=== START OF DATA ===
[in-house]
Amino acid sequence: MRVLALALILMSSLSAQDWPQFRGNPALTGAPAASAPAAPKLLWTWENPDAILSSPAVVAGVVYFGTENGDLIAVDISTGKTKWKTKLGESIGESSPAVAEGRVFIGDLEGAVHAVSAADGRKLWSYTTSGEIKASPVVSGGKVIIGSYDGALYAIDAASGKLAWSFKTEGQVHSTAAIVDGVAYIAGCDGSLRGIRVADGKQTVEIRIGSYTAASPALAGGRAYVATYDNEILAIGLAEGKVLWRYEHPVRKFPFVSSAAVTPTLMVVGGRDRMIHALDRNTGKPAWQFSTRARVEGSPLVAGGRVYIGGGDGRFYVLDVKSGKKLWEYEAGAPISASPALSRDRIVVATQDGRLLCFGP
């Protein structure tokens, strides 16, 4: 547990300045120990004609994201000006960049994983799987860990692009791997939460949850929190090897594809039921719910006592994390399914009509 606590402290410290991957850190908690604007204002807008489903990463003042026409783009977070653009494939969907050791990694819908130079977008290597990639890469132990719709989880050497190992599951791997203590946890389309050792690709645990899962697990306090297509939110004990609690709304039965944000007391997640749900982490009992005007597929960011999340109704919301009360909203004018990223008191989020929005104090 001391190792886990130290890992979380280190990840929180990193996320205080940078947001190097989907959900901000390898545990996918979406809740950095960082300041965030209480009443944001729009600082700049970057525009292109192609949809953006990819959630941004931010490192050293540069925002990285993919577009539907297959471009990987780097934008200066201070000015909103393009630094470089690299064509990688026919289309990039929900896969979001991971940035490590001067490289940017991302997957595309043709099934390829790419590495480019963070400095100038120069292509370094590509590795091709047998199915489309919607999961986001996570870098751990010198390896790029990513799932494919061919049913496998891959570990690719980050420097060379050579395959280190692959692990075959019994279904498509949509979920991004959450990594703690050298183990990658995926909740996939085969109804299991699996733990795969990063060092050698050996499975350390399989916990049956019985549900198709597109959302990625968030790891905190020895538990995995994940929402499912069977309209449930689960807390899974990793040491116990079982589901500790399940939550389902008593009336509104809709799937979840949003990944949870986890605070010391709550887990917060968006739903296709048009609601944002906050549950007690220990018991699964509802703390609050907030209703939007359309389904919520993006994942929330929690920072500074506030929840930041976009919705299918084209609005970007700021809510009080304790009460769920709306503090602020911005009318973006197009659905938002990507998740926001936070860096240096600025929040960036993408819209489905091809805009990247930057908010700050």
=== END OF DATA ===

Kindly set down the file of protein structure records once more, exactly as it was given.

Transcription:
[in-house]
Amino acid sequence: MRVLALALILMSSLSAQDWPQFRGNPALTGAPAASAPAAPKLLWTWENPDAILSSPAVVAGVVYFGTENGDLIAVDISTGKTKWKTKLGESIGESSPAVAEGRVFIGDLEGAVHAVSAADGRKLWSYTTSGEIKASPVVSGGKVIIGSYDGALYAIDAASGKLAWSFKTEGQVHSTAAIVDGVAYIAGCDGSLRGIRVADGKQTVEIRIGSYTAASPALAGGRAYVATYDNEILAIGLAEGKVLWRYEHPVRKFPFVSSAAVTPTLMVVGGRDRMIHALDRNTGKPAWQFSTRARVEGSPLVAGGRVYIGGGDGRFYVLDVKSGKKLWEYEAGAPISASPALSRDRIVVATQDGRLLCFGP
């Protein structure tokens, strides 16, 4: 547990300045120990004609994201000006960049994983799987860990692009791997939460949850929190090897594809039921719910006592994390399914009509 606590402290410290991957850190908690604007204002807008489903990463003042026409783009977070653009494939969907050791990694819908130079977008290597990639890469132990719709989880050497190992599951791997203590946890389309050792690709645990899962697990306090297509939110004990609690709304039965944000007391997640749900982490009992005007597929960011999340109704919301009360909203004018990223008191989020929005104090 001391190792886990130290890992979380280190990840929180990193996320205080940078947001190097989907959900901000390898545990996918979406809740950095960082300041965030209480009443944001729009600082700049970057525009292109192609949809953006990819959630941004931010490192050293540069925002990285993919577009539907297959471009990987780097934008200066201070000015909103393009630094470089690299064509990688026919289309990039929900896969979001991971940035490590001067490289940017991302997957595309043709099934390829790419590495480019963070400095100038120069292509370094590509590795091709047998199915489309919607999961986001996570870098751990010198390896790029990513799932494919061919049913496998891959570990690719980050420097060379050579395959280190692959692990075959019994279904498509949509979920991004959450990594703690050298183990990658995926909740996939085969109804299991699996733990795969990063060092050698050996499975350390399989916990049956019985549900198709597109959302990625968030790891905190020895538990995995994940929402499912069977309209449930689960807390899974990793040491116990079982589901500790399940939550389902008593009336509104809709799937979840949003990944949870986890605070010391709550887990917060968006739903296709048009609601944002906050549950007690220990018991699964509802703390609050907030209703939007359309389904919520993006994942929330929690920072500074506030929840930041976009919705299918084209609005970007700021809510009080304790009460769920709306503090602020911005009318973006197009659905938002990507998740926001936070860096240096600025929040960036993408819209489905091809805009990247930057908010700050």